Paswan's security may be upgraded

A day after the landmine blasts — carried out by Maoists in Naxal-infested Midnapore district — in which two Union ministers along with  the West Bengal chief minister had a narrow escape, the Centre on Monday sought a detailed report from the state asking how such a major "security lapse" took place at the time when the entire travel route was supposed to be sanitized during the VIP visit.

Initial reports, which pointed to the use of a 1.2 kilometre-long wire to detonate the landmine, made the officials here more intrigued. Since the Maoists did not use any timer device, no one seemed to be clear as who could be the real target when the spot where the landmine was planted crossed not only by chief minister Buddhadeb Bhattacharya but also by Union ministers Ramvilas Paswan and Jitin Prasada. A senior home ministry official said that only the detailed inquiry — which the state has already initiated — would reveal the truth.

The home ministry's move to seek the report on "security lapse" from the state came on the day when both the Union ministers — Paswan and Prasada — sought a high level inquiry into the incident. While Lok Janshakti Party wrote to Prime Minister Manmohan Singh seeking Z-plus security for its chief Paswan, Prasada shot a letter to home minister Shivraj Patil requesting him to take up the matter immediately with state government.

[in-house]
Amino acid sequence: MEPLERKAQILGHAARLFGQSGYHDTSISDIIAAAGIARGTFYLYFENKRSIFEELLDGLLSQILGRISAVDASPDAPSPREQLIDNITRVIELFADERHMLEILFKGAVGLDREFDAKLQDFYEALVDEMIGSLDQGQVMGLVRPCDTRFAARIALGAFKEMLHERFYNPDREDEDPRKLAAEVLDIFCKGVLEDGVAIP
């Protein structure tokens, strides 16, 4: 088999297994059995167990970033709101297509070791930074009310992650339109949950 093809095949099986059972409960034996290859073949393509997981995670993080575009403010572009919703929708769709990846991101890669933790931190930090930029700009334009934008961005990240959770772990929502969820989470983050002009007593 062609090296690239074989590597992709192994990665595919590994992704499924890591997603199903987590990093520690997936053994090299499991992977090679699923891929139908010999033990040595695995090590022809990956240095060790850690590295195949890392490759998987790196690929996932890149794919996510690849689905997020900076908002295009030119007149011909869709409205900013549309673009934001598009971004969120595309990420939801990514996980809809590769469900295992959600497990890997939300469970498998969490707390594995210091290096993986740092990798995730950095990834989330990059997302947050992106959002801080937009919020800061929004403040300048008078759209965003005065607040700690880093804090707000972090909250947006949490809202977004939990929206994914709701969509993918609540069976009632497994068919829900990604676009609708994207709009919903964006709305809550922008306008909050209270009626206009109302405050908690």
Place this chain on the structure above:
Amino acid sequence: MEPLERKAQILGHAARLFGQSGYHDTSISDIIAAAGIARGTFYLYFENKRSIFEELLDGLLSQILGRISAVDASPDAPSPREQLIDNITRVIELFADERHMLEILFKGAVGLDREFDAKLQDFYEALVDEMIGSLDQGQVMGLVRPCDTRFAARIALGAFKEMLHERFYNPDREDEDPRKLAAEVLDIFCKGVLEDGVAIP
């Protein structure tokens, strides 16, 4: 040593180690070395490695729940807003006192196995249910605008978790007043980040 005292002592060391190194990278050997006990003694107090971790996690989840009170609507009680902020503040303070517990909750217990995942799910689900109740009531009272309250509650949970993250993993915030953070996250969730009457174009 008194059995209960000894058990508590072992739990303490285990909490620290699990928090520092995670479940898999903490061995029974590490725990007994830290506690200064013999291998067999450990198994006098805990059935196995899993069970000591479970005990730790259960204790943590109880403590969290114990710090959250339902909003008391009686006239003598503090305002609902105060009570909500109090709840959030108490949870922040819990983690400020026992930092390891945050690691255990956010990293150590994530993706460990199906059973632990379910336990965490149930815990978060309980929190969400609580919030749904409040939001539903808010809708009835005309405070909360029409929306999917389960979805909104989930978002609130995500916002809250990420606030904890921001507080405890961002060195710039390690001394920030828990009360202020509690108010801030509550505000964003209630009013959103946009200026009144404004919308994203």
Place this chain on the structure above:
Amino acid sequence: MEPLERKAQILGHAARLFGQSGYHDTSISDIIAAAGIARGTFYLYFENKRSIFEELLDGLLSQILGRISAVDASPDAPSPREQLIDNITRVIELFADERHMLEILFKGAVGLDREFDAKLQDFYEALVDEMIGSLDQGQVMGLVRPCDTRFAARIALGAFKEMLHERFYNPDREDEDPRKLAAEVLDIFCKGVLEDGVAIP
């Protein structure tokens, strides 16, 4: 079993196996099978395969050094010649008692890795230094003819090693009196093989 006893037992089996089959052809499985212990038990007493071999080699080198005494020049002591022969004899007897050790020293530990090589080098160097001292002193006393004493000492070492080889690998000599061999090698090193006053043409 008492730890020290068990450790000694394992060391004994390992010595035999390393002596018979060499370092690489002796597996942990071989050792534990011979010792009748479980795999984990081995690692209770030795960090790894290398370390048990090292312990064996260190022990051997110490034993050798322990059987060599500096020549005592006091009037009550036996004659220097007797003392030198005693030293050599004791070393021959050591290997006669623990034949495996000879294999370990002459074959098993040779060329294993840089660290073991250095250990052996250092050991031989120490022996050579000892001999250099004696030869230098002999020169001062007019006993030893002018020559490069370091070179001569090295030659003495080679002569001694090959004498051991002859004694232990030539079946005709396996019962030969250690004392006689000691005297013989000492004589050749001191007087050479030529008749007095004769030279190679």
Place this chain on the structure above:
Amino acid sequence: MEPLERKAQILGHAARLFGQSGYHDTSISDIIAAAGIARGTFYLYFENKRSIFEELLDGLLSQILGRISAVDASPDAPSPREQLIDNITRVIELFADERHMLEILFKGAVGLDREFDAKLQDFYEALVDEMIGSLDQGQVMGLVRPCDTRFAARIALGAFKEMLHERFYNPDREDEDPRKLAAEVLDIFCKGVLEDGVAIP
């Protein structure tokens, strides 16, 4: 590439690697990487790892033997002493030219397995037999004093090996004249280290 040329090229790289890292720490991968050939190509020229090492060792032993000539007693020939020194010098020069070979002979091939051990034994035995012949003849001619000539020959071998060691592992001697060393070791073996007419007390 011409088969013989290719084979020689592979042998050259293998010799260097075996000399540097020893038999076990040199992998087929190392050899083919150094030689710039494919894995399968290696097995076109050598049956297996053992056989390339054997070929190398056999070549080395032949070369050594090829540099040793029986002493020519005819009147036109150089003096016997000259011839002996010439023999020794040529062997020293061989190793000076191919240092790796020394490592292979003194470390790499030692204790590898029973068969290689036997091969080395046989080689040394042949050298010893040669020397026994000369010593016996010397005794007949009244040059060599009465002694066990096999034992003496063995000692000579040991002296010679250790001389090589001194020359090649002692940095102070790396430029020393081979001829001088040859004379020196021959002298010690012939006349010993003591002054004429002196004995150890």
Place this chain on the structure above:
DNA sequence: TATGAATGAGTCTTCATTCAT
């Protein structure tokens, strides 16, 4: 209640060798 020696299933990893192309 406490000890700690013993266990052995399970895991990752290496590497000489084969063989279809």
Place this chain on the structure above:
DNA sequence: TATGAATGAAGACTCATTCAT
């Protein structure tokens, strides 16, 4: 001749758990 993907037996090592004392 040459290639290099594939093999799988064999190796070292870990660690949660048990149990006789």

Officials in the home ministry, meanwhile, said the security of Paswan, who already has 'Z' category security, could be enhanced after an assessment. "We will certainly look into the matter soon," said a senior official without giving any time-frame.

Since the preliminary report shared by the state with the home ministry did not go beyond narrating the incident, officials here believed that had the police followed a basic security drill of sending a Road Opening Party, the attack could have been easily prevented.

Minister of state for steel Jitin Prasada also accused the West Bengal police of adopting a "casual approach" in providing security to central ministers.

The area is a Naxalite-affected area and security agencies of the state, which were supposed to be responsible for the security, "did not do their job properly", Prasada's office said in a statement.

The blast was detonated by a wire which was about 1.2 km long. "This shows the casual approach of the state police when it comes to security of Union ministers," it charged.

The statement also said the state police wrongly projected that it was an attack on the chief minister. "In fact, Bhattacharya had already left in a different convoy," it said.

Officials here also do not rule out the Maoists' objection to the upcoming steel project in the region as one of the reasons behind the attack. Referring to the Naxalites' stated objective to oppose any such project not only in West Bengal but also in Orissa, Chhattisgarh and Jharkhand, an official said the attack could have been a step in that direction.